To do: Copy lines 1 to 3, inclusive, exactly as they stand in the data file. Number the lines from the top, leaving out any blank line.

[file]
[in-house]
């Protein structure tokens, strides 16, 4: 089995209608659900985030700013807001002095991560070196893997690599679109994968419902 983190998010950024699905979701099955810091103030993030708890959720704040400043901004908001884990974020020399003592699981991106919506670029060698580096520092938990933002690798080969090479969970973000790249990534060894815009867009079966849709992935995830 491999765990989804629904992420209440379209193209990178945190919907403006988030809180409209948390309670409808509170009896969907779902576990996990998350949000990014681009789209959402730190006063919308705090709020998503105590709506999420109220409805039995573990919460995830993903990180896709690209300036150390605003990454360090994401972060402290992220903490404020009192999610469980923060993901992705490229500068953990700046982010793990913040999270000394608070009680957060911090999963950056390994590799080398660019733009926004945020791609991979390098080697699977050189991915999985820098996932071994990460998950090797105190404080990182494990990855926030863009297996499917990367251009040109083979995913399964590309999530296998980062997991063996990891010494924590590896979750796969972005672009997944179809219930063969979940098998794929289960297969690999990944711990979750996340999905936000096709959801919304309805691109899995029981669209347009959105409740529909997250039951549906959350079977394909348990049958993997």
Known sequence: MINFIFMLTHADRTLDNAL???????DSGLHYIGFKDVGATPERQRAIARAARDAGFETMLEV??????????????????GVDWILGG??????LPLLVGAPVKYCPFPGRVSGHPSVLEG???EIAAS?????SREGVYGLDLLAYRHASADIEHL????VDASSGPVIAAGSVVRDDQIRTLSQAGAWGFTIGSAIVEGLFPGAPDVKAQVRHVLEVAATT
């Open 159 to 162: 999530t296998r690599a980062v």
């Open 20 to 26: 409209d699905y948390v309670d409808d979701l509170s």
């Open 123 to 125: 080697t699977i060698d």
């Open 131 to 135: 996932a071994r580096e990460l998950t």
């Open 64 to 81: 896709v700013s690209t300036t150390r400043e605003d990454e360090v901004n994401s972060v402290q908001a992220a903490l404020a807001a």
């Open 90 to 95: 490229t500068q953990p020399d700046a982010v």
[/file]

[in-house]
């Protein structure tokens, strides 16, 4: 089995209608659900985030700013807001002095991560070196893997690599679109994968419902 983190998010950024699905979701099955810091103030993030708890959720704040400043901004908001884990974020020399003592699981991106919506670029060698580096520092938990933002690798080969090479969970973000790249990534060894815009867009079966849709992935995830 491999765990989804629904992420209440379209193209990178945190919907403006988030809180409209948390309670409808509170009896969907779902576990996990998350949000990014681009789209959402730190006063919308705090709020998503105590709506999420109220409805039995573990919460995830993903990180896709690209300036150390605003990454360090994401972060402290992220903490404020009192999610469980923060993901992705490229500068953990700046982010793990913040999270000394608070009680957060911090999963950056390994590799080398660019733009926004945020791609991979390098080697699977050189991915999985820098996932071994990460998950090797105190404080990182494990990855926030863009297996499917990367251009040109083979995913399964590309999530296998980062997991063996990891010494924590590896979750796969972005672009997944179809219930063969979940098998794929289960297969690999990944711990979750996340999905936000096709959801919304309805691109899995029981669209347009959105409740529909997250039951549906959350079977394909348990049958993997």
Known sequence: MINFIFMLTHADRTLDNAL???????DSGLHYIGFKDVGATPERQRAIARAARDAGFETMLEV??????????????????GVDWILGG??????LPLLVGAPVKYCPFPGRVSGHPSVLEG???EIAAS?????SREGVYGLDLLAYRHASADIEHL????VDASSGPVIAAGSVVRDDQIRTLSQAGAWGFTIGSAIVEGLFPGAPDVKAQVRHVLEVAATT